Peter Werbe : Life in the Bubble is Good

Peter Werbe : Life in the Bubble is Good

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Photo Dawn Henry

As Barack Obama prepared to relinquish the Presidency to the man who received the second-most votes in the November election, he warned in his January 10 farewell address, “We’re the losers now, so it behooves us to break out of that bubble more.”

“For too many of us,” he said, “it’s become safer to retreat into our own bubbles.” He cautioned against sequestering ourselves with those “who look like us and share the same political outlook and never challenge our assumptions.”

This advice from a man, who had he not run up against Republican revenge against the four-term presidency of Franklin Roosevelt, would be sitting in the White House today beginning his third term. However, let’s look deeper at his advice.

Who is really in a bubble?
Those of us who live in the Woodward Corridor communities and ones to the east and west of the Motor City’s main street, exhibit the characteristics of a diverse, multi-cultural America.

Sorry for presenting a laundry list of all of us, but it needs to be said because the “we” in We the People are a group with many definitions. Women and men, white, black, brown, yellow, and red. Straight, and LGBT with more appended initials to encompass the whole range of sexuality. A vibrant youth culture alongside seniors. All co-existing in our cities which feature a surfeit of music of many styles, clubs, bars, restaurants, festivals, and theatres for all tastes in entertainment and food.

We live in communities where you can fly the American flag or a rainbow flag on your porch, or both, without ear. On Nine Mile Road, Affirmations, the community center for the LGBT community, feels safe enough there to provide a safe space for those who elsewhere would be under threat. And, those who aren’t, often are allies and are proud of having such a center in our area.

Is this a bubble we need to step out of or away from? Are we the ones who should be challenging our assumptions?

Hillary Clinton did not lose the election because we were too insular. She lost because of voter suppression, Russian interference, FBI malfeasance, decades-long demonization of her, and an Electoral College which performed the function it was established for—to assure the domination of the Southern states. And, I say this without being a supporter of Clinton. As it is, she garnered more votes than any candidate in the history of the nation.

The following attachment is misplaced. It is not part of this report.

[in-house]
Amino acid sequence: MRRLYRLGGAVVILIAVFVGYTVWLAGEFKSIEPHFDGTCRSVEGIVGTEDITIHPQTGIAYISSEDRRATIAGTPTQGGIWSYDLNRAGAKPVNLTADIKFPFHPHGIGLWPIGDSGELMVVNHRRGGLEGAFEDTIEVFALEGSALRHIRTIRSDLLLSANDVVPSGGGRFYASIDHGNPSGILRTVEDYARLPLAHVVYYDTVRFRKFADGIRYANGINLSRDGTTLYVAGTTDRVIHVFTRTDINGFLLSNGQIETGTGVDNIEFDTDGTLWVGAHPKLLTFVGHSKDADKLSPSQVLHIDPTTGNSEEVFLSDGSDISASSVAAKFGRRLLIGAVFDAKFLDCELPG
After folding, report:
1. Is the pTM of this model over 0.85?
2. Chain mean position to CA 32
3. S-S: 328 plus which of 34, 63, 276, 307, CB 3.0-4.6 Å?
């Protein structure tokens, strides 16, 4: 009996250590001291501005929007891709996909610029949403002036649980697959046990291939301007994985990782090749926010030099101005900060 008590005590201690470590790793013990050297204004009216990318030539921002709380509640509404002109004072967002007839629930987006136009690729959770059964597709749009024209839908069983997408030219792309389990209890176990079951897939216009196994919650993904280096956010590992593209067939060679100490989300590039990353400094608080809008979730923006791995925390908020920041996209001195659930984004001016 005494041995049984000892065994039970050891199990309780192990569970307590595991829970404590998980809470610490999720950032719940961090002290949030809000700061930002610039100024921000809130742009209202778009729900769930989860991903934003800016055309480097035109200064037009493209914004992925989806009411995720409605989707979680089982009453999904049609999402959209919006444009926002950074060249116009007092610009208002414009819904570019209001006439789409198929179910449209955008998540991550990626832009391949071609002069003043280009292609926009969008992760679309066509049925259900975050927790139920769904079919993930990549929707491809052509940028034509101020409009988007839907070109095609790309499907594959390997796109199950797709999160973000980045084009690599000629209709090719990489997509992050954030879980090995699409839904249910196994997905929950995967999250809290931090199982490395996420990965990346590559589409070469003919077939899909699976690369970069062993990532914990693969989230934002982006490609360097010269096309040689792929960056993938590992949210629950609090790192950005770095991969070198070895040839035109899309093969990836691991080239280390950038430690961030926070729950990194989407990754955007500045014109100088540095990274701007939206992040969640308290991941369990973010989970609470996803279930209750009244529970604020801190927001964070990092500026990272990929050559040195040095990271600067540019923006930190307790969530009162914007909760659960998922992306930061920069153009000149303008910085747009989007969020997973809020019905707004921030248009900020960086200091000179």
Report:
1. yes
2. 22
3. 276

Also, Democratic candidates received five million more votes for the U.S. House of Representatives than their opponents, but because of redistricting, the Republicans have a huge majority. This is not what democracy looks like.

Obama’s bubble admonition also doesn’t take into account that all of the myriad groups mentioned above (and I know I left some out) all vote for each other—whites vote for blacks in our bubble; blacks vote for whites; gays for straights, and the reverse. The only rock solid identity politics, with no variation, being practiced in America is that of white identify politics, which is the bedrock of the Republican Party. White people have voted in the majority for Republican presidential candidates since 1968. They viewed Barack Obama as the final triumph of who they consider The Other.

We do not have a concept of The Other. Everyone sits at our table together, each bringing something unique and delicious to our communal meal which is our lives and the communities in which we live.

The 2016 election was little about ObamaCare or even jobs. It essentially was a referendum on what would be the dominant social narrative, mostly, do black lives matter? The majority of whites voted, no. It’s like they’re living in late 1970’s Rhodesia, a white colonial nation based on dreams of an imagined greatness that never was.

But the majority of us by at least three million (which doesn’t count the millions purposely excluded from voting) understand that rather than our communities being a bubble, they are a reflection of this country and a model of the way it should be. The way to support our communities of diversity, solidarity, tolerance, and love is by example.

We saw that with the November 20, 1200-person, originally named Ferndale Trumps Hate march, in reaction to the Trump electoral victory. The event was renamed Ferndale Love and despite charges of that being too touchy-feely, it most accurately defined what our communities are all about.

And, the unbelievable January 21 Women’s March that saw almost four million women and men marching to defending the equality and rights that have been won over the last two generations.

We are not in a bubble; We Are The World as it should be!

Publishers  Note: We are proud to welcome Peter Werbe to the Ferndale Friends editorial team. Werbe, a Detroit-area activist, has influenced many tens of thousands of people in our area as host, until recently, of WRIF’s long-running phone-in talk show, “Nightcall.” He is also an editor of the legendary publication, Fifth Estate ( Werbe represents a left/liberal view and so, for balance, we seek a columnist of a similar stature to represent the conservative viewpoint.


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